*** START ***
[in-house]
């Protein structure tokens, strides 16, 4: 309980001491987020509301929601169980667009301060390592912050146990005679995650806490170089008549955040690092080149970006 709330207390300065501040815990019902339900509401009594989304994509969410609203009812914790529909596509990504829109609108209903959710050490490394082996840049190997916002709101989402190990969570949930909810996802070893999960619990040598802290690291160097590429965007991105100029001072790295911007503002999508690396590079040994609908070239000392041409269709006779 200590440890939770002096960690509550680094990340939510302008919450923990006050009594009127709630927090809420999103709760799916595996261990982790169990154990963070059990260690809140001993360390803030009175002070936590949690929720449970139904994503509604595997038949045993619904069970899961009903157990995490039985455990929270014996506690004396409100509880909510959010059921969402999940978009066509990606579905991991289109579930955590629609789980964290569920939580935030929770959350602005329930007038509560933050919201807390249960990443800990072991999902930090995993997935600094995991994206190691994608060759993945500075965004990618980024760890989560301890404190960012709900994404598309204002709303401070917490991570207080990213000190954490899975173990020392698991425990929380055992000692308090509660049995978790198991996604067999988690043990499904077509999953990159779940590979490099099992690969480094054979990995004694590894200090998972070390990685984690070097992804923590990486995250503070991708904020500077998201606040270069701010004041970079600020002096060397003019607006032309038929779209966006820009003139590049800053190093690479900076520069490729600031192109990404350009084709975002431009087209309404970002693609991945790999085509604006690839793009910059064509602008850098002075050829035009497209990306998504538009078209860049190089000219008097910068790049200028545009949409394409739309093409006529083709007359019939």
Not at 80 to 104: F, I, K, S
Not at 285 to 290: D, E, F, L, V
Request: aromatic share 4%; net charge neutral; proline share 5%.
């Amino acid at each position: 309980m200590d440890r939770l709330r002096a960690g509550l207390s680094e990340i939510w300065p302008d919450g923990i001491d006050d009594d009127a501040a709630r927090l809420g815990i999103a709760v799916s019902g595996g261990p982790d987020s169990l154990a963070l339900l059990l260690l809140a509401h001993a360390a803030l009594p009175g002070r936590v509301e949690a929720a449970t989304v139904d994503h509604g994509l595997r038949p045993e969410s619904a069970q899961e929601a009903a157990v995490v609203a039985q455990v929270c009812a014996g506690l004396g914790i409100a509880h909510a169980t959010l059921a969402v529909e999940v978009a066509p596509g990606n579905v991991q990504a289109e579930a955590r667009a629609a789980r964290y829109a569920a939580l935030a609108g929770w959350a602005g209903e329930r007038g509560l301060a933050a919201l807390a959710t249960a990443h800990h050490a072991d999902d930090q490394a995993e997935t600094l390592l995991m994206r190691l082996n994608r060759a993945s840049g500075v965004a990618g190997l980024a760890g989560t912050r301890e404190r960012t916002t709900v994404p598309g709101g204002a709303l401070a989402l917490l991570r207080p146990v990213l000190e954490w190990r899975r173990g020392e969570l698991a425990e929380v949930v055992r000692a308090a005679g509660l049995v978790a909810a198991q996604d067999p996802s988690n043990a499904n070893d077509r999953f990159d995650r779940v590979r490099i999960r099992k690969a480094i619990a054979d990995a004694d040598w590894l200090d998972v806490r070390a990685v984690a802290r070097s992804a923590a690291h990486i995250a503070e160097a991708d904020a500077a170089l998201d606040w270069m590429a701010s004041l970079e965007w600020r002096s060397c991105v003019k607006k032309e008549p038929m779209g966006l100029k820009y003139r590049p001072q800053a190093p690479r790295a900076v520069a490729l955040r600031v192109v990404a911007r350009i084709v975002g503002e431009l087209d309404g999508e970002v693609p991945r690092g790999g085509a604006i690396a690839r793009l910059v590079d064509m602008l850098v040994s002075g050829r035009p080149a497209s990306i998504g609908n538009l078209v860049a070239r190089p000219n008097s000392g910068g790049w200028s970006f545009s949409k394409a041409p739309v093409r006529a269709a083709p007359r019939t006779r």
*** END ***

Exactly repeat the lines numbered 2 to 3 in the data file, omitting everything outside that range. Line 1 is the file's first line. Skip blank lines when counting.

């Protein structure tokens, strides 16, 4: 309980001491987020509301929601169980667009301060390592912050146990005679995650806490170089008549955040690092080149970006 709330207390300065501040815990019902339900509401009594989304994509969410609203009812914790529909596509990504829109609108209903959710050490490394082996840049190997916002709101989402190990969570949930909810996802070893999960619990040598802290690291160097590429965007991105100029001072790295911007503002999508690396590079040994609908070239000392041409269709006779 200590440890939770002096960690509550680094990340939510302008919450923990006050009594009127709630927090809420999103709760799916595996261990982790169990154990963070059990260690809140001993360390803030009175002070936590949690929720449970139904994503509604595997038949045993619904069970899961009903157990995490039985455990929270014996506690004396409100509880909510959010059921969402999940978009066509990606579905991991289109579930955590629609789980964290569920939580935030929770959350602005329930007038509560933050919201807390249960990443800990072991999902930090995993997935600094995991994206190691994608060759993945500075965004990618980024760890989560301890404190960012709900994404598309204002709303401070917490991570207080990213000190954490899975173990020392698991425990929380055992000692308090509660049995978790198991996604067999988690043990499904077509999953990159779940590979490099099992690969480094054979990995004694590894200090998972070390990685984690070097992804923590990486995250503070991708904020500077998201606040270069701010004041970079600020002096060397003019607006032309038929779209966006820009003139590049800053190093690479900076520069490729600031192109990404350009084709975002431009087209309404970002693609991945790999085509604006690839793009910059064509602008850098002075050829035009497209990306998504538009078209860049190089000219008097910068790049200028545009949409394409739309093409006529083709007359019939």
Not at 80 to 104: F, I, K, S